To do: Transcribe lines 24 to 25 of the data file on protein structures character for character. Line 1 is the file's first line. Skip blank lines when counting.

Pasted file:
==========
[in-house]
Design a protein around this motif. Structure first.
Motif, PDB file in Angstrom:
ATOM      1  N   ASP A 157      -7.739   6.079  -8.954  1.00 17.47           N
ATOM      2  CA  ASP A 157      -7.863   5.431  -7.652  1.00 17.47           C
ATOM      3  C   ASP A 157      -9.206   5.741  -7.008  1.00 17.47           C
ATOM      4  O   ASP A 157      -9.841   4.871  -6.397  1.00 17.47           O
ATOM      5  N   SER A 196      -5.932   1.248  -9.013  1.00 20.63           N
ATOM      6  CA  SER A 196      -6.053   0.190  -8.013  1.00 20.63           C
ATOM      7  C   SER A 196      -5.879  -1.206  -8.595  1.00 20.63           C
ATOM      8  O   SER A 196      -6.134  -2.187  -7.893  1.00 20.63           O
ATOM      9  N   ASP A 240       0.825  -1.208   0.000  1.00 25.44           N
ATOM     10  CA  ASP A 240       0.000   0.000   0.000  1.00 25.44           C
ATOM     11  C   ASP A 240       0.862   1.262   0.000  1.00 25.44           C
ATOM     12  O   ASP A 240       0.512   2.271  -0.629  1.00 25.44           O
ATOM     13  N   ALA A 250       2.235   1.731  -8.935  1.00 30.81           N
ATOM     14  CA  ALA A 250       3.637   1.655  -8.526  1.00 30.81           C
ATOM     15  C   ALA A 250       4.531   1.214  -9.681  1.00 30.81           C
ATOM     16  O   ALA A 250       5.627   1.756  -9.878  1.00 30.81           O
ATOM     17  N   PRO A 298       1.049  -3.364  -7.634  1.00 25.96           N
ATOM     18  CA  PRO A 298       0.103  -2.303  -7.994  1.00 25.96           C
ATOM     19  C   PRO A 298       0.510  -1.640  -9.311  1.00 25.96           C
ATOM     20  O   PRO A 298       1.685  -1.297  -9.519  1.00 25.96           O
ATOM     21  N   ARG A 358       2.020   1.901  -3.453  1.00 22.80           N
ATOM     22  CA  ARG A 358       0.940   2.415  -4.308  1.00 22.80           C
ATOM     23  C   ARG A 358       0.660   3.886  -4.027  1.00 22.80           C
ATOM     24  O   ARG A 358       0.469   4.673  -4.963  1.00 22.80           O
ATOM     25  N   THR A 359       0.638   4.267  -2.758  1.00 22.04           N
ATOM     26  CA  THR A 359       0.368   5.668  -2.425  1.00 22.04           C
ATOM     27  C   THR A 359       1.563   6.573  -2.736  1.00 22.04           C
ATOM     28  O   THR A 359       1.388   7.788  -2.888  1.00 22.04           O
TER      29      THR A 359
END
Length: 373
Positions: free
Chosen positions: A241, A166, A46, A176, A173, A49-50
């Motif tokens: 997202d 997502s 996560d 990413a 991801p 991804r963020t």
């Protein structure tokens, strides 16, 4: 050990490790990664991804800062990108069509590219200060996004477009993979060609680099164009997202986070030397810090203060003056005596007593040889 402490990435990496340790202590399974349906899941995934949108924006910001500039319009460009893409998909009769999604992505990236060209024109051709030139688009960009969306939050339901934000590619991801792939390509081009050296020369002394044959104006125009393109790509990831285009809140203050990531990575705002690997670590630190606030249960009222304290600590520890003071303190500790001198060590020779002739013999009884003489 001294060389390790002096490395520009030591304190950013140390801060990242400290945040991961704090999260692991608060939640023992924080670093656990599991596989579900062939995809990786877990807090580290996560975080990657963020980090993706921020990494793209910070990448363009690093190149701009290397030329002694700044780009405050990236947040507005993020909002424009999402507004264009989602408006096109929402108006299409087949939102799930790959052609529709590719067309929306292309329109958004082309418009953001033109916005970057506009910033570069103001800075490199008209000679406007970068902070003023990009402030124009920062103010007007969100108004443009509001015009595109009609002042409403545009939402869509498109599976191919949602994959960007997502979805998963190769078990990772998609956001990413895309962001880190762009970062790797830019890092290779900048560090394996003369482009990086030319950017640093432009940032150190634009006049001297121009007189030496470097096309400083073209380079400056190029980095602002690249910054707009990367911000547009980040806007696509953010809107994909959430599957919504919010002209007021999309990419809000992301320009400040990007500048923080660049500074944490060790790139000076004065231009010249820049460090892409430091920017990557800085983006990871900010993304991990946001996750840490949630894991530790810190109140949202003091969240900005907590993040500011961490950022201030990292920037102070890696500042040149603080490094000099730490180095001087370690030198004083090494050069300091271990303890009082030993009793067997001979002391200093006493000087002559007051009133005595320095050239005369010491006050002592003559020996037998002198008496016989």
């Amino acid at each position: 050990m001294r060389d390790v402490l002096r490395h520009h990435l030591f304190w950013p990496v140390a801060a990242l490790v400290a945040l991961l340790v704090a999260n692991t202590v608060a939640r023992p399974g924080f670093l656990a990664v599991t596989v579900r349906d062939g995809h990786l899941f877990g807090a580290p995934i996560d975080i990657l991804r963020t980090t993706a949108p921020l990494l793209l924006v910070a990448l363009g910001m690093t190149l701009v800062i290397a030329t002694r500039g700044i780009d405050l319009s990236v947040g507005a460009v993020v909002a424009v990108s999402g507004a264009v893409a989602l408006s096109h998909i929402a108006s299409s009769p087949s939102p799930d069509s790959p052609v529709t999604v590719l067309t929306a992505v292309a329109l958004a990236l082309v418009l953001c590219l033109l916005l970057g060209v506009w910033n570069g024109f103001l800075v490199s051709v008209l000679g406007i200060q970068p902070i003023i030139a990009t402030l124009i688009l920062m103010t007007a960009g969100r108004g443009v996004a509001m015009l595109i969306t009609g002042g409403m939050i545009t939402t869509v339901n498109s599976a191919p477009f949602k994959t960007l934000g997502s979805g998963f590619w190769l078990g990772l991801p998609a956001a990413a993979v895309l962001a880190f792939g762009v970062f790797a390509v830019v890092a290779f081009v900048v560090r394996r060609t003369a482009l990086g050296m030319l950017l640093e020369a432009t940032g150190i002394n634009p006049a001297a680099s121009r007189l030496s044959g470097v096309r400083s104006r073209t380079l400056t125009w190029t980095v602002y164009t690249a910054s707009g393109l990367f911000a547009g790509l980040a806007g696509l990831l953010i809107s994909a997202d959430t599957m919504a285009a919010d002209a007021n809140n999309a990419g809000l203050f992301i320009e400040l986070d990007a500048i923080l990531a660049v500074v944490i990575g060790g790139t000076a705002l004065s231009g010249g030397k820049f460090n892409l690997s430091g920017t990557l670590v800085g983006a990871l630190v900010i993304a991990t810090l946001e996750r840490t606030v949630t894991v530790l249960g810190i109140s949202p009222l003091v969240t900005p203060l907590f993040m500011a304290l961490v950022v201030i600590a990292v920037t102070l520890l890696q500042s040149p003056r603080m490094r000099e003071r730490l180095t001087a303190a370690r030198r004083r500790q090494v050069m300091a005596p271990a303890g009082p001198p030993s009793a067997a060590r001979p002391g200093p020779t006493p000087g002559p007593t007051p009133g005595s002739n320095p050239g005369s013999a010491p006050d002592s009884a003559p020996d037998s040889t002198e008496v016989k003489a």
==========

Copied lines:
ATOM     21  N   ARG A 358       2.020   1.901  -3.453  1.00 22.80           N
ATOM     22  CA  ARG A 358       0.940   2.415  -4.308  1.00 22.80           C